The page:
Garrison Hotel - home to
Games weekends: Games weekends in 2016 included: Co-running Once Upon A Time in Tombstone in Retford), Peaky, Continuum, and Furnace.

2017 should see me at Across the Universe (another weekend long freeform), Airecon (where I hope to run something), Peaky, and Furnace.

Other numbers: I read 67 books in 2016, 38 of them fiction. Yes, that’s more than one a week - but I’m counting audiobooks in that (that I listen to in the car and whilst doing chores). Favourites included: The Truth About Employee Engagement by Patrick Lencioni, The Amazing Maurice and his Educated Rodents by Terry Pratchett. Black Box Thinking: The Truth about Success by Matthew Syed. The Road to Little Dribbling: More Notes from a Small Island by Bill Bryson. Pandora’s Star and Judas Unchained by Peter F Hamilton.

That’s my usual mix of business books and science-fiction/fantasy with a little bit of gentle humour thrown in. I don’t read too many RPG books (I tend to treat them as reference books and dip into them here and there rather than read them cover-to-cover, which is how I track my books), which is why there aren’t many listed here.

2017 will no doubt continue the trend - I’ve read/listened to two books already.

Wednesday, 4 January 2017

Jurassic World: disrespecting dinosaurs.

So I’ve finally seen Jurassic World, and I’m disappointed in how they treated the dinosaurs. I’ve always liked dinosaurs, and what I really liked about the first two Jurassic Park movies was that they treated the dinosaurs with respect. In those movies the dinosaurs behaved how I would expect such creatures to behave.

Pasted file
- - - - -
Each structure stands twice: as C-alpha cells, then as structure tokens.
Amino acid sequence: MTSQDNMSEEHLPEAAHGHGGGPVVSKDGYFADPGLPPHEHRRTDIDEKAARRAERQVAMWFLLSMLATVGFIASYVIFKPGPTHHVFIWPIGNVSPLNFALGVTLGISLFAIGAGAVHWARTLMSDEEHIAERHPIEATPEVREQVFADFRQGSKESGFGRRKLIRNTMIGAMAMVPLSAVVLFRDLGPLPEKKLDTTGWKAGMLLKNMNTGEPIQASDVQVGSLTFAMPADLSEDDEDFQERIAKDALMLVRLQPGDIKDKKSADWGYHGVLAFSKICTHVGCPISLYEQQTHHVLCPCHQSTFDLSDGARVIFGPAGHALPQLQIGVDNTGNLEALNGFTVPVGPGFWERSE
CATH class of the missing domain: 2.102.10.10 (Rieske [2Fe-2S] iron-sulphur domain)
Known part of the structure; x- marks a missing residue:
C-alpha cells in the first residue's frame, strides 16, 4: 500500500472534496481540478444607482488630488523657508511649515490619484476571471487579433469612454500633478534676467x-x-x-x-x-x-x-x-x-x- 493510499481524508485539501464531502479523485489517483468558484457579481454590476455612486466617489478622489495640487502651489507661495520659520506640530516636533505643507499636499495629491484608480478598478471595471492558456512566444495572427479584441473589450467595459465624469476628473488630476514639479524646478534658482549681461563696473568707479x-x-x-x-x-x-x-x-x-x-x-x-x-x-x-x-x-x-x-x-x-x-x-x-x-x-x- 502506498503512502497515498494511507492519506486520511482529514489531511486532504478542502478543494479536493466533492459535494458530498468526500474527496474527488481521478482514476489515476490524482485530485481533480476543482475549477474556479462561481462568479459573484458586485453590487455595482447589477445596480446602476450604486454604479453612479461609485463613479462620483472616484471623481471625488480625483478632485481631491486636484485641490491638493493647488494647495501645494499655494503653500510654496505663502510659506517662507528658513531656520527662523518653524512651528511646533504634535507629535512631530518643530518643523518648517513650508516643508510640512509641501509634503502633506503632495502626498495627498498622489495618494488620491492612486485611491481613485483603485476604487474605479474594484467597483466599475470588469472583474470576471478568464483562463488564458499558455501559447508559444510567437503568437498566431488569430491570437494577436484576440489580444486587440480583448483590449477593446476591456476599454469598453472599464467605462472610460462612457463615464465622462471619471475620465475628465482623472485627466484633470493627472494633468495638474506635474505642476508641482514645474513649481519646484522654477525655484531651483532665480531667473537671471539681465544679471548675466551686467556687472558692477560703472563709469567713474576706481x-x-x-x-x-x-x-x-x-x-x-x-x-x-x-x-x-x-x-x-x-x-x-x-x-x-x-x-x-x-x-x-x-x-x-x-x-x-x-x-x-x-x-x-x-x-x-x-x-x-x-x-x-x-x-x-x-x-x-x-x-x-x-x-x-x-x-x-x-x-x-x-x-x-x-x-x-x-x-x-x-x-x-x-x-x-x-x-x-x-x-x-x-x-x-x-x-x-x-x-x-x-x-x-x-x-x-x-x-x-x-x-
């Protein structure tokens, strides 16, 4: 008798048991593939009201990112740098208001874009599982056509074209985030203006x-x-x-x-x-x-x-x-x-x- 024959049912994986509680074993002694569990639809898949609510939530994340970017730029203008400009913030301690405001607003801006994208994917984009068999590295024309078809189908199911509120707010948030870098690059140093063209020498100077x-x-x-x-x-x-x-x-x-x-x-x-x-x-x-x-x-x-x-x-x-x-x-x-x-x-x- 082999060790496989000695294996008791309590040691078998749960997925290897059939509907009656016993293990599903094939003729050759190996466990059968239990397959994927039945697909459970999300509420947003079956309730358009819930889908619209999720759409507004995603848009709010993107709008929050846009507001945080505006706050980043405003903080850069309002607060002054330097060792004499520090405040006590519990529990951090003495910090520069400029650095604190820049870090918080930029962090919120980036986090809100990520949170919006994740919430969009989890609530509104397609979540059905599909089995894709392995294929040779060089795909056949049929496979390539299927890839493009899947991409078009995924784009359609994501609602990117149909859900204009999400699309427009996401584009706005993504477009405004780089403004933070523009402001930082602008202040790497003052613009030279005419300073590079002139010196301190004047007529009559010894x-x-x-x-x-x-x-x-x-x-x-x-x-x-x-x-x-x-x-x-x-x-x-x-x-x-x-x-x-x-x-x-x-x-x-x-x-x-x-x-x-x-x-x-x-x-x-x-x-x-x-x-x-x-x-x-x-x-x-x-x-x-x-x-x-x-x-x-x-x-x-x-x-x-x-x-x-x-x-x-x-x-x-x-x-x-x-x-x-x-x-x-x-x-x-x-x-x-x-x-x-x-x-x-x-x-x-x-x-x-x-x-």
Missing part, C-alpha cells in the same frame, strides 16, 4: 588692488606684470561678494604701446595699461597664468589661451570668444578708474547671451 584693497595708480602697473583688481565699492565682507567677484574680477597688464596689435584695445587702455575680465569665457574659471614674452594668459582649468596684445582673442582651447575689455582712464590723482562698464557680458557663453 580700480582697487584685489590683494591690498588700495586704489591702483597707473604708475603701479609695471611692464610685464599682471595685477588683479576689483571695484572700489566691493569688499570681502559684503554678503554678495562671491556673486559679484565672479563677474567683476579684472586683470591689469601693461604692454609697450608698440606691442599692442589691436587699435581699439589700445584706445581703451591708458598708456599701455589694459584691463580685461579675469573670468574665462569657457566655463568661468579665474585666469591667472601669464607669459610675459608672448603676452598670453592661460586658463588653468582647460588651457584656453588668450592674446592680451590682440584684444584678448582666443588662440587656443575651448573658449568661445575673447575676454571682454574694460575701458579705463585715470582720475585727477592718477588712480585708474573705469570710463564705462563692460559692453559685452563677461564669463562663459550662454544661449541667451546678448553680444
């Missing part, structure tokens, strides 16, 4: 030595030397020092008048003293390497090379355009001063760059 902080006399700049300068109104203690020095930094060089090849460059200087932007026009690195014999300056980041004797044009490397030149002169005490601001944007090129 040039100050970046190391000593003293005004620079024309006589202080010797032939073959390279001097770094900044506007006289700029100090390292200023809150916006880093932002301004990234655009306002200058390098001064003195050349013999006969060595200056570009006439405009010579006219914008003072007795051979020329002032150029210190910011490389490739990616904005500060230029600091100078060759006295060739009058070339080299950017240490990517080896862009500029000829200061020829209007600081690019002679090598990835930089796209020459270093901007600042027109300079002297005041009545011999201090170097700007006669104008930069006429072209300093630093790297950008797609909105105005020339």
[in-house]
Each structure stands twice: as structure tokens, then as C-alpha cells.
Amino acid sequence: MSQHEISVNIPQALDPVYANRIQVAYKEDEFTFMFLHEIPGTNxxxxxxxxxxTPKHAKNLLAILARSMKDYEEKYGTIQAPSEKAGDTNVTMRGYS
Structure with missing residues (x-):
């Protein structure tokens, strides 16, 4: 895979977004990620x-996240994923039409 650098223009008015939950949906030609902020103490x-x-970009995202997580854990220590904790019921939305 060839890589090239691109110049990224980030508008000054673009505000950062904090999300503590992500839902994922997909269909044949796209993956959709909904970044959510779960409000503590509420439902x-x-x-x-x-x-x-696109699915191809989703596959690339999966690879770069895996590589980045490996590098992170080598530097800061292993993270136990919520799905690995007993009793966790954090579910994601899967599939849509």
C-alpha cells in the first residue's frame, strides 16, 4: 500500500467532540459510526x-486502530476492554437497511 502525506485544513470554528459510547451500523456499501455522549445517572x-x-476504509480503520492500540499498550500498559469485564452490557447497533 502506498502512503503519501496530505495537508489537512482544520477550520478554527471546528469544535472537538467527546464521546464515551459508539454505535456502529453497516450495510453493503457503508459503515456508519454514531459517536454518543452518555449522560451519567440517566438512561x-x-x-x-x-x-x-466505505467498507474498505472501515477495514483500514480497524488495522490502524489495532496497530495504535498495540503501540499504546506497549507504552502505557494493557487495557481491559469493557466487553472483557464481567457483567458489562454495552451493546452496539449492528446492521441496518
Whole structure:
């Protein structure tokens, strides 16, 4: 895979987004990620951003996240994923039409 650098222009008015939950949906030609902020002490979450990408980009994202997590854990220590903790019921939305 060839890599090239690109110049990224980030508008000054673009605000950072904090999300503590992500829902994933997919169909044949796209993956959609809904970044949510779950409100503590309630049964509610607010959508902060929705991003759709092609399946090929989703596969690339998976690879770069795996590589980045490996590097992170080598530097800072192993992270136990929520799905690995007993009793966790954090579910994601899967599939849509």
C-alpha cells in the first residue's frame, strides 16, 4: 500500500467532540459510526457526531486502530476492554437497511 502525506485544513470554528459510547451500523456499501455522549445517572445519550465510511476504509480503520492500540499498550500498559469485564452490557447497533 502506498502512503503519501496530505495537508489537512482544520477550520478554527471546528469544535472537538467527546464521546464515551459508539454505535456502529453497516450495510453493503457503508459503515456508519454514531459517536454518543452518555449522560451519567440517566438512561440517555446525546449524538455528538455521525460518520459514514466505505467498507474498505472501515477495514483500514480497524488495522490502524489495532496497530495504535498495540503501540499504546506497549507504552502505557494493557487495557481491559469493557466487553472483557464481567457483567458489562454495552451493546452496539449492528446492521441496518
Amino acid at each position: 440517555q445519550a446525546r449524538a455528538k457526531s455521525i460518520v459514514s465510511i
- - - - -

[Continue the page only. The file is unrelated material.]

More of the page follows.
The rot started in Jurassic Park 3. First the pterosaurs - there was no way they could carry off the humans, and even if they could, why would they? Surely they’d be interested in easier prey? Such as fish? And why did the spinosaurus chase everyone all over the island? And why were the raptors so precious over a single egg taken from one of several nests, each full of eggs? When animals lay that number of eggs, they don’t expect them all to survive - so it made no sense for them to get all sentimental over a single egg.

(This article has more to say on the dinosaurs in Jurassic Park 3.)

Jurassic World again disrespects the dinosaurs. Why did the pterosaurs and pterodactyls attack the humans? Why didn’t they just fly off? In fact, why did they bother to leave the aviary at all, given that presumably it was safe and full of food?

I didn’t mind that the Jurassic World dinosaurs didn’t have feathers - they kind of covered that and hinted that they bred them to look like everyone expects dinosaurs to look like. (But maybe one day soon we’ll have a movie with feathered dinosaurs.)

I didn’t mind the trained raptors and the impressive (but over-sized) Mosasaur, and the Indominus Rex wasn’t dreadful, but why did it kill all those apatosauruses? For sport?

Mind you, Jurassic World didn’t treat the humans with much more respect. Surely a basic risk assessment would have the park equipped with tranquilliser guns powerful enough to penetrate dinosaur hide? And if you’re going to fit your raptors with head-cams, wouldn’t you also include a tranquilliser in case they turn on you?

So, bah. Some nice moments but mostly a disappointment.